Age: 54

Hometown: Gouverneur, New York

Claim to fame: Owner and founder of Jezebel, a popular Fort Lauderdale vintage clothing and rental store.

What she's done for us lately: Cheerleader jackets, '50s-look sunglasses, rhinestone shoes (like Joan Crawford used to wear), bakelite belt buckles, turquoise headbands, poodle skirts, dozens of items adorned with that shovel-mouthed monkey (the familiar Paul Frank trademark), which are presently jumping off the shelves. They're all in the store that Ptak opened 18 years ago (16 years in its current location on Sunrise Boulevard). Ptak has become one of South Florida's mavens of conceptual retailing. Sure, Jezebel is just stuff -- but stuff that's all somehow connected by Ptak's discerning vision.

What it takes: "Changing constantly. You can't stay satisfied. I'm easily bored. I get so bored, I have to change things."

It started out quirky and has gotten weirder since. Built in the '70s, the Corner Store was initially envisioned as a futuristic, octagonal-shaped market manned by robots. The original owner ringed the place with conveyor belts with the idea that customers could select items from computerized terminals that would then pass along the belts and into their cars. The Jetsons-like system bombed and was torn out 20 years ago. But since, that odd outlook on convenience has permeated this place. The Corner Store's current owner, Robert Lamelas, now sells a bizarre collection of goods, including ammunition, live bait, designer sunglasses, and imported beer. The ammo is stacked haphazardly on a shelf in the back, sold frequently to tournament shooters who pay a little extra to avoid Wal-Mart. Nearby sit tanks filled with live crabs and live shrimp. And in the coolers that line the back side of the small store are rows and rows of exotic beers, ranging from $2 Abita to the $10-a-bottle Dogfish Head stout. Weirdest of all, Corner Store employees are required to carry their own guns, Manager Mike Papadatos says. This gunslinger approach to shopkeeping has given the store a unique advantage, Papadatos says: "I think we're the only corner store that has never been robbed." We'll drink to that.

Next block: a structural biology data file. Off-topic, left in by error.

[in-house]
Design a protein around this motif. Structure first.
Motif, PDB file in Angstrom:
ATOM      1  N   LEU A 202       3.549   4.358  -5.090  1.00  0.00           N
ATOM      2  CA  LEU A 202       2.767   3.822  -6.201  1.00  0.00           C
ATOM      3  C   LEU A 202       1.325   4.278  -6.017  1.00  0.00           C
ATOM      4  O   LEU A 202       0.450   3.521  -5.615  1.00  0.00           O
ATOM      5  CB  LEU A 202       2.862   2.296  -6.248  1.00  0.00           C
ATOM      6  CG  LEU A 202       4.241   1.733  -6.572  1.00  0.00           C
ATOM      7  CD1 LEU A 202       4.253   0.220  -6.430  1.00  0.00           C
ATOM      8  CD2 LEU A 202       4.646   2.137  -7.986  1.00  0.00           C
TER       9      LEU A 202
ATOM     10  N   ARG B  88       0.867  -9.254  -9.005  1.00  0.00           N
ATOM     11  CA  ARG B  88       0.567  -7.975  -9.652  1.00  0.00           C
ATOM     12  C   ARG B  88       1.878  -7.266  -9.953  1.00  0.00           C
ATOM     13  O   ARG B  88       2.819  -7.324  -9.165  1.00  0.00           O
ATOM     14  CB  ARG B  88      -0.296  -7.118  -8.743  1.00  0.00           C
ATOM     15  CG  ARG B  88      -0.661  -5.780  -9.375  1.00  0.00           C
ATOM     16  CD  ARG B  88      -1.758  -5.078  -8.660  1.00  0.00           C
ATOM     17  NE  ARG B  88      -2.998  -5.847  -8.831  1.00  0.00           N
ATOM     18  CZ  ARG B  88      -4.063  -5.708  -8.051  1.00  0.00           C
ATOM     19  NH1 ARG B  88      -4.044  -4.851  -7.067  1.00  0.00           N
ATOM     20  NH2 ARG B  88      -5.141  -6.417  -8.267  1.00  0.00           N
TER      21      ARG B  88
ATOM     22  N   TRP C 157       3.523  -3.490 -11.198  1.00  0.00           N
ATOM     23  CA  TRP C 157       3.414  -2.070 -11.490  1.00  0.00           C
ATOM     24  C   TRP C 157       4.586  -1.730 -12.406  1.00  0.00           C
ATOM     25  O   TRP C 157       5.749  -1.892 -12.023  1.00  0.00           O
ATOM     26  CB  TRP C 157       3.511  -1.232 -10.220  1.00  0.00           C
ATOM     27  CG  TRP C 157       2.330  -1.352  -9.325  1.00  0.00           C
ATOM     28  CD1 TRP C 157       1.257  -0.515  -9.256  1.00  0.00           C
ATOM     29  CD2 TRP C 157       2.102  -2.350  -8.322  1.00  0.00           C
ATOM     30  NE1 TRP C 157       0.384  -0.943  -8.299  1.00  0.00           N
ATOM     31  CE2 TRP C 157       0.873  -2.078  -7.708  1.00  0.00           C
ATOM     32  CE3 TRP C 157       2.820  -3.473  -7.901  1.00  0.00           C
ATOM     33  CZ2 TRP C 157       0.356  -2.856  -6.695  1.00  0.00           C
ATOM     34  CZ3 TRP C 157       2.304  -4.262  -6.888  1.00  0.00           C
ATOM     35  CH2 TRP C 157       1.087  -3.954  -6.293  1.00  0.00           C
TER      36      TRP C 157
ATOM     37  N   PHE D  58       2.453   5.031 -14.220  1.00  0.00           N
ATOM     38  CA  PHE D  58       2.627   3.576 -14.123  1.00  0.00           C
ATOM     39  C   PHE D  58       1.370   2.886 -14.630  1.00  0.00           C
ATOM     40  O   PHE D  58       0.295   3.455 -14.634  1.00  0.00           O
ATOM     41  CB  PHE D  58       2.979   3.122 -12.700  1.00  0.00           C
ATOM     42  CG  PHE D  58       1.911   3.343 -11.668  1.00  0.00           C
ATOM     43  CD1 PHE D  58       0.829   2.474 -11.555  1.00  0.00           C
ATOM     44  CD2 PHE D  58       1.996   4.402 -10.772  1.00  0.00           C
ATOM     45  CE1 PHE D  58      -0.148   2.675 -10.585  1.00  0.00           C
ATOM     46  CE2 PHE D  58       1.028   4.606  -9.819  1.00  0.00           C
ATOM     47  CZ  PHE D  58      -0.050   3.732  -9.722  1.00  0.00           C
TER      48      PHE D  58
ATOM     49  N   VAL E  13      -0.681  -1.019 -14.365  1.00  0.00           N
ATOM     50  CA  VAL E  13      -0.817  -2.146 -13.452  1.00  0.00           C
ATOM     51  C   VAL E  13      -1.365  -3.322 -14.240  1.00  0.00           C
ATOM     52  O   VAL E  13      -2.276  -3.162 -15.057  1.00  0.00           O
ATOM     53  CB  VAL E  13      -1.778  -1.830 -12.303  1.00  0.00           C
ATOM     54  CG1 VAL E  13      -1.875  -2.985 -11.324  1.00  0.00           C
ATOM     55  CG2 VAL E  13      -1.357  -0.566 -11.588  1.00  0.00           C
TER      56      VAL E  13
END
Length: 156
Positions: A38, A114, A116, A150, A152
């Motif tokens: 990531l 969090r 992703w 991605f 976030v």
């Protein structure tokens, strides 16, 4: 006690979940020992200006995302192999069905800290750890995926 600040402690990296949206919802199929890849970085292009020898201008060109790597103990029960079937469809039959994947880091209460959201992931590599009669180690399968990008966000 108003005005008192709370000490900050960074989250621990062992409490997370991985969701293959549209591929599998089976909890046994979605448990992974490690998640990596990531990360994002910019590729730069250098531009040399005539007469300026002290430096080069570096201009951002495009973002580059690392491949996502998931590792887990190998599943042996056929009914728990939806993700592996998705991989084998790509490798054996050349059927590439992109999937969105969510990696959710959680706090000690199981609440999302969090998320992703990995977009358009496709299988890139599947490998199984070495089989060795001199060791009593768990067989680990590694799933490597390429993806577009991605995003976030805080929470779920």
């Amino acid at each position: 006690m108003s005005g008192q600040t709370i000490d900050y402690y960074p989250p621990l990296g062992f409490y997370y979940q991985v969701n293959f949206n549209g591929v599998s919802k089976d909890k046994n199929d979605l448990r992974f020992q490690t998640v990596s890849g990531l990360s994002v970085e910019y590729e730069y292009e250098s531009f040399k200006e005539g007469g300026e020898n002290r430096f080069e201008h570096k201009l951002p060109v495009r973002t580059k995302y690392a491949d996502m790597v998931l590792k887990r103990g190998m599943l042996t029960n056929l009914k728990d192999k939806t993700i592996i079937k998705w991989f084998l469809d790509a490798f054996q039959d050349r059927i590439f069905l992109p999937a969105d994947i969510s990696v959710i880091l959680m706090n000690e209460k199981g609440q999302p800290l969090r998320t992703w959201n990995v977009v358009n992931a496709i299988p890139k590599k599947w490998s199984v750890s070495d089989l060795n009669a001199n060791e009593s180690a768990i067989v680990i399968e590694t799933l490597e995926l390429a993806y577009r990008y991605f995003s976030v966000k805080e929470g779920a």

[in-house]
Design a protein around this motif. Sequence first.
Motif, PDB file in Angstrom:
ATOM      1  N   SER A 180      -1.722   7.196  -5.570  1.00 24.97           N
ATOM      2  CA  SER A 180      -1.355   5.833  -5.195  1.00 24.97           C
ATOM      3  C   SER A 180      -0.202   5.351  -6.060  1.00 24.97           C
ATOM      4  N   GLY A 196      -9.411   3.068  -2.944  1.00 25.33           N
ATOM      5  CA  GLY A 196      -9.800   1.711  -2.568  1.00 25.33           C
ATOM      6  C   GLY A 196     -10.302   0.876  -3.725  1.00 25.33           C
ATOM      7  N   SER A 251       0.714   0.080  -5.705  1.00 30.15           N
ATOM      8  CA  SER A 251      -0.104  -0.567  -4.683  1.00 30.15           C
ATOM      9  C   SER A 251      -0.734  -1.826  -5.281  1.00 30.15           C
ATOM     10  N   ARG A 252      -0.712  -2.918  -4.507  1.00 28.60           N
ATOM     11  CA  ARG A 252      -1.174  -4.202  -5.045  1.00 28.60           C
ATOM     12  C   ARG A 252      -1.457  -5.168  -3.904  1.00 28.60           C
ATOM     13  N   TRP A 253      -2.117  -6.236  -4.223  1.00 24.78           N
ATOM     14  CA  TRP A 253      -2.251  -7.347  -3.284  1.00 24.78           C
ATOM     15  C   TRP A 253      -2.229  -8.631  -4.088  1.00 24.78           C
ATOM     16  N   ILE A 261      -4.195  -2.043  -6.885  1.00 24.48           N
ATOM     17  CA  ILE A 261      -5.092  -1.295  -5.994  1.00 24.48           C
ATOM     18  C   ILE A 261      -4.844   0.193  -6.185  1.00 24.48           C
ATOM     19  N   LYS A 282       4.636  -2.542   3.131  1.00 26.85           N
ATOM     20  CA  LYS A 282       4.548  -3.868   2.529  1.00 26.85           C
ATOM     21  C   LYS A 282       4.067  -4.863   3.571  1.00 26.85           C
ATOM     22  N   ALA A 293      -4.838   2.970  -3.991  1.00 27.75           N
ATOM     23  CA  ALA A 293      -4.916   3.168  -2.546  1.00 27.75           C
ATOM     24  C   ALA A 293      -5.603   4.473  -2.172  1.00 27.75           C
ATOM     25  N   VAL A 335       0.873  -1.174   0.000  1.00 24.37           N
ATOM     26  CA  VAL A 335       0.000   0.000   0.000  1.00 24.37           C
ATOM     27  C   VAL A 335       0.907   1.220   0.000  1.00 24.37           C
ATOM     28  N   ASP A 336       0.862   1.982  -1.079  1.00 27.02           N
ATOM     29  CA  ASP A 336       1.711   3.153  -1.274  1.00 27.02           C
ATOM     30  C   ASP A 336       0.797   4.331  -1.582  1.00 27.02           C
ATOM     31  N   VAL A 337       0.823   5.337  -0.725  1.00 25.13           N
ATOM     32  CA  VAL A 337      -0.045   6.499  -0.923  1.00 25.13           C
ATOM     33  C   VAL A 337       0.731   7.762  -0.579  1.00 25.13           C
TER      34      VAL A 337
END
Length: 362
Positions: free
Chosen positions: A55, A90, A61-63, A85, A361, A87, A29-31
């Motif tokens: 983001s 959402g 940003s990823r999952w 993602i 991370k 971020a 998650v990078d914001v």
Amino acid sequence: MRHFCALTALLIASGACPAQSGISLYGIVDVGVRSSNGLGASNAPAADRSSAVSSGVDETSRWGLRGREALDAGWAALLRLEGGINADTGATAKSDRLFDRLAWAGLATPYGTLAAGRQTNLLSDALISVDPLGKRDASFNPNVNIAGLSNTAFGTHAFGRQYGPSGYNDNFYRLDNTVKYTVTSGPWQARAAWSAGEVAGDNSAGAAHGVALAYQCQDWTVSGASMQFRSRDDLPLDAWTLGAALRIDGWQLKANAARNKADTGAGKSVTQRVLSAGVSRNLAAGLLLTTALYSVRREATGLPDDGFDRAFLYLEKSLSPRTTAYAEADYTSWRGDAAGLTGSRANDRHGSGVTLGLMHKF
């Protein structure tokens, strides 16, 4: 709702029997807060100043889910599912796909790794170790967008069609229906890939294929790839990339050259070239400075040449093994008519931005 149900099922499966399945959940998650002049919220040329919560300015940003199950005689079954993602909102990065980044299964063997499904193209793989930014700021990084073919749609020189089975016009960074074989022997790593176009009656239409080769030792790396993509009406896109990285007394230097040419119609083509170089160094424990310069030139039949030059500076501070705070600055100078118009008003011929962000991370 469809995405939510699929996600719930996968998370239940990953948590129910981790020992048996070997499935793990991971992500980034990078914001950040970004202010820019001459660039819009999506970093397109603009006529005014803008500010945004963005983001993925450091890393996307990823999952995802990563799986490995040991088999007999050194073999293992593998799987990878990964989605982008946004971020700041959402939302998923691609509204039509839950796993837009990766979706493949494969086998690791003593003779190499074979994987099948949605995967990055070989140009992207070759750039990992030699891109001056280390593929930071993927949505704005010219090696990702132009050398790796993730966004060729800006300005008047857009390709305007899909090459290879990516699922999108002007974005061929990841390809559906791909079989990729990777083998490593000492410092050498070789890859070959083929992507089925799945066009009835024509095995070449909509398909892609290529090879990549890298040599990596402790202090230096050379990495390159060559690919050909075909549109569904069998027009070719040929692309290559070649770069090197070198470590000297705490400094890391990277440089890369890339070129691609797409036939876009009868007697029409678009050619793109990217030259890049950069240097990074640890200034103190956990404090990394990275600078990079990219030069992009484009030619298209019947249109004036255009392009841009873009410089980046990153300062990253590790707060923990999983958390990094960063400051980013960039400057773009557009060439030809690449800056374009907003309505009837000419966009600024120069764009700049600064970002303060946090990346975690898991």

Like any other segment of the quasimedical world, chiropractic care has its share of detractors and swear-bys. If you believe the spinal-alignment and vertebral-subluxation pseudosciences are about as valid as the Raelians' views on cloning, read no further. But for those with back problems seeking a cure for pain, chiropractors can make the difference between living the good life and existing with a wicked-ass pain in the neck. Too many doctors of chiropractic will suck you into a system of unnecessary, triweekly visits -- or confuse you with sales pitches for micronutrients, diet aids, magic pillows, or special vitamin supplements. But Dr. Bruns (conveniently located just blocks from downtown Fort Lauderdale) won't waste your time or money. Instead, he'll give you what you need -- a spinal adjustment -- with a modicum of bullshit. After seeing stars for a second, you'll be on the road to recovery, with no pressure to schedule additional visits until that little lightning bolt between your shoulder blades tells you it's time. OK? Good. Now get crackin'.